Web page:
seminars

Manifestation of Quantum Mechanical Unfurling in Transport through Single Molecule Junctions

Physical and Analytical Chemistry Seminar

Lecturer: Michael Iv

Date:
07-07 Mar 2017 @ 15:30

Location: Faculty Seminar Room

A new thermally activated ballistic transport mechanism, named Quantum Mechanical Unfurling, was recently proposed in order to explain distance independent charge transport rate in highly ordered poly-Adenine DNA sequences 3’-C(A)NCCC-5’) [1]. In this work this mechanism is examined in a molecular junction scenario, where the molecular hole transfer process is coupled to a thermal environment and to Fermion reservoirs. A minimal model approach was applied in order to capture the dynamics of hole transport through a single poly-A DNA molecule, modeled as a Donor-Bridge-Acceptor system. A kinetic scheme for the charge transport and energy distribution inside the molecule under a bias potential has been developed and analyzed.

The model calculations suggest a new manifestation of Quantum Mechanical Unfurling in single molecule junctions, where the current increases with the length of the molecular bridge. Such unusual behavior was recently observed experimentally in the (coherent) ballistic transport regime, and was attributed to delocalization of charges inside an ordered molecular bridge [2]. Here, it predicted to be observed for thermally activated (incoherent) transport through ordered molecular bridges.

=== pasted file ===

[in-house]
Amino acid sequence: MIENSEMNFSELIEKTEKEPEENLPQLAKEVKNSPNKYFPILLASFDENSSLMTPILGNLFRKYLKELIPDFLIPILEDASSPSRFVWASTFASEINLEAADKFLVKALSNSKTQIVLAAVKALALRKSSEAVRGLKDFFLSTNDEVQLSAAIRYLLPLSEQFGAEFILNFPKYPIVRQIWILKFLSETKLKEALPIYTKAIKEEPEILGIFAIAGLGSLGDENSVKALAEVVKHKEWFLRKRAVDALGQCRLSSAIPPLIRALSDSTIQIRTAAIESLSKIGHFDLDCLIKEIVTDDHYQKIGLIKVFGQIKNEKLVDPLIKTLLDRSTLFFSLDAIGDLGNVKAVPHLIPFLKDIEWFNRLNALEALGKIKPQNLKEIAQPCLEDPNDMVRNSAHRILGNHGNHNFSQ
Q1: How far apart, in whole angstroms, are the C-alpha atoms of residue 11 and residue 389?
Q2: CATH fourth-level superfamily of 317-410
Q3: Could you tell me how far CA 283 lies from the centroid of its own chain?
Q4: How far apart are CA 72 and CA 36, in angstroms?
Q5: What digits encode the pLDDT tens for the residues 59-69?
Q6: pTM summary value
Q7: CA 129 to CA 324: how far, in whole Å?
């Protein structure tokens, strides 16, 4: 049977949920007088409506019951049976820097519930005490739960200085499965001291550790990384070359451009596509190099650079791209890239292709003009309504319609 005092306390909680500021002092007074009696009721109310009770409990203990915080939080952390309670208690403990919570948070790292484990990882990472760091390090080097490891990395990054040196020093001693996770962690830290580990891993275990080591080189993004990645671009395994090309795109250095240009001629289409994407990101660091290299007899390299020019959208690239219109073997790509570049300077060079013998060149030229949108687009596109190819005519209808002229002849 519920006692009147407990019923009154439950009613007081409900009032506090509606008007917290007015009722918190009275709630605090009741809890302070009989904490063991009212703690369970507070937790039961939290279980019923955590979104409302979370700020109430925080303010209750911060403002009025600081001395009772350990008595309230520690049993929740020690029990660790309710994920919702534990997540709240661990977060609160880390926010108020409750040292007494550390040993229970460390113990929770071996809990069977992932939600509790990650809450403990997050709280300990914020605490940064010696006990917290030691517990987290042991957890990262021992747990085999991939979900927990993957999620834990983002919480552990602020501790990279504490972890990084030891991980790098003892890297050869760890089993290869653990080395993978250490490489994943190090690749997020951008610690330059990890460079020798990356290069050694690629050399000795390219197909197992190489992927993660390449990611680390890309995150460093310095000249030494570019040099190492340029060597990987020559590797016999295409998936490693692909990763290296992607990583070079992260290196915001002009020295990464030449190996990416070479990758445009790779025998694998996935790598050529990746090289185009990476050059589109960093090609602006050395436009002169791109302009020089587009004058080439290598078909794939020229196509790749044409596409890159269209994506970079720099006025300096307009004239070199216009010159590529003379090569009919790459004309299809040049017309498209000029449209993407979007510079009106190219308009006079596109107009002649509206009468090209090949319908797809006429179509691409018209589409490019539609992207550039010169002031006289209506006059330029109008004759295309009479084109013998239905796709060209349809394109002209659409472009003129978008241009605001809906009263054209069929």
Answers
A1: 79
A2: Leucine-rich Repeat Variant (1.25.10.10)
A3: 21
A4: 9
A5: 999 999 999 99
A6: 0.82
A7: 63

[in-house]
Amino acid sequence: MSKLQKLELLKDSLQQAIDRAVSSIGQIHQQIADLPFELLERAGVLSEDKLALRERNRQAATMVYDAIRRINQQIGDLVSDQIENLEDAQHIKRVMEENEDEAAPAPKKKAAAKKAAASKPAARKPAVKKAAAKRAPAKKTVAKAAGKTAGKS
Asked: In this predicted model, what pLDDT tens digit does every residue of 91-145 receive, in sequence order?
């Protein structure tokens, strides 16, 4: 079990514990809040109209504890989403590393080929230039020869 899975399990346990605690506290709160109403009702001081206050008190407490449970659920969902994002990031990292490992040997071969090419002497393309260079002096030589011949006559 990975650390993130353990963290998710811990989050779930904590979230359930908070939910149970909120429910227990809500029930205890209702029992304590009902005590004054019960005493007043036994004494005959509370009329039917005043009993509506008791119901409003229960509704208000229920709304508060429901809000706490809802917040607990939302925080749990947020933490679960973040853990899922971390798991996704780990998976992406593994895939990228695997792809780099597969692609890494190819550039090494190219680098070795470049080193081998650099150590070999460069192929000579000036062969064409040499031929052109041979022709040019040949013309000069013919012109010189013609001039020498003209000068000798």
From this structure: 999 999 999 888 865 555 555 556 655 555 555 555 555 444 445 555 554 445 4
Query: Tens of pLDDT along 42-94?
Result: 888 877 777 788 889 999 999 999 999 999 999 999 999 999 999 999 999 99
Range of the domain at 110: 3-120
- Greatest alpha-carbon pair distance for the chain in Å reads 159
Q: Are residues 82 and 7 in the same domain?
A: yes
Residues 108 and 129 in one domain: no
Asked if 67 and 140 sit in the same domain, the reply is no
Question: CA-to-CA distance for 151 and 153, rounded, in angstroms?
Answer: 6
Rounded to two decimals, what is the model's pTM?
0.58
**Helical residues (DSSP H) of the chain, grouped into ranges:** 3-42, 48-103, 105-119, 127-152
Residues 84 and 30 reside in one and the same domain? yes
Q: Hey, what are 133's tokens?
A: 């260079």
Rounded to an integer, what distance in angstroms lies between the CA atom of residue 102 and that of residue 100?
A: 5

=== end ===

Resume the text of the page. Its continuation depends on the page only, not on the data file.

Our analysis of the non-equilibrium steady state currents reveals the presence of subspaces in the molecular Fock space, associated with groups of quasi-thermalized states. The existence of these “Boltzmannized sub-spaces” can be utilized in new algorithms that overcome the exponential growth of the computational effort in simulations of transport through molecular bridge with increasing lengths.

References:

[1] Levine, Ariel D., Michael Iv, and Uri Peskin. “Length-independent transport rates in biomolecules by   quantum mechanical unfurling.” Chemical Science 7.2 (2016): 1535-1542.

[2] Yelin, T., Korytár, R., Sukenik, N., Vardimon, R., Kumar, B., Nuckolls, C., … & Tal, O. (2016). Conductance saturation in a series of highly transmitting molecular junctions. Nature materials, 15(4), 444-449.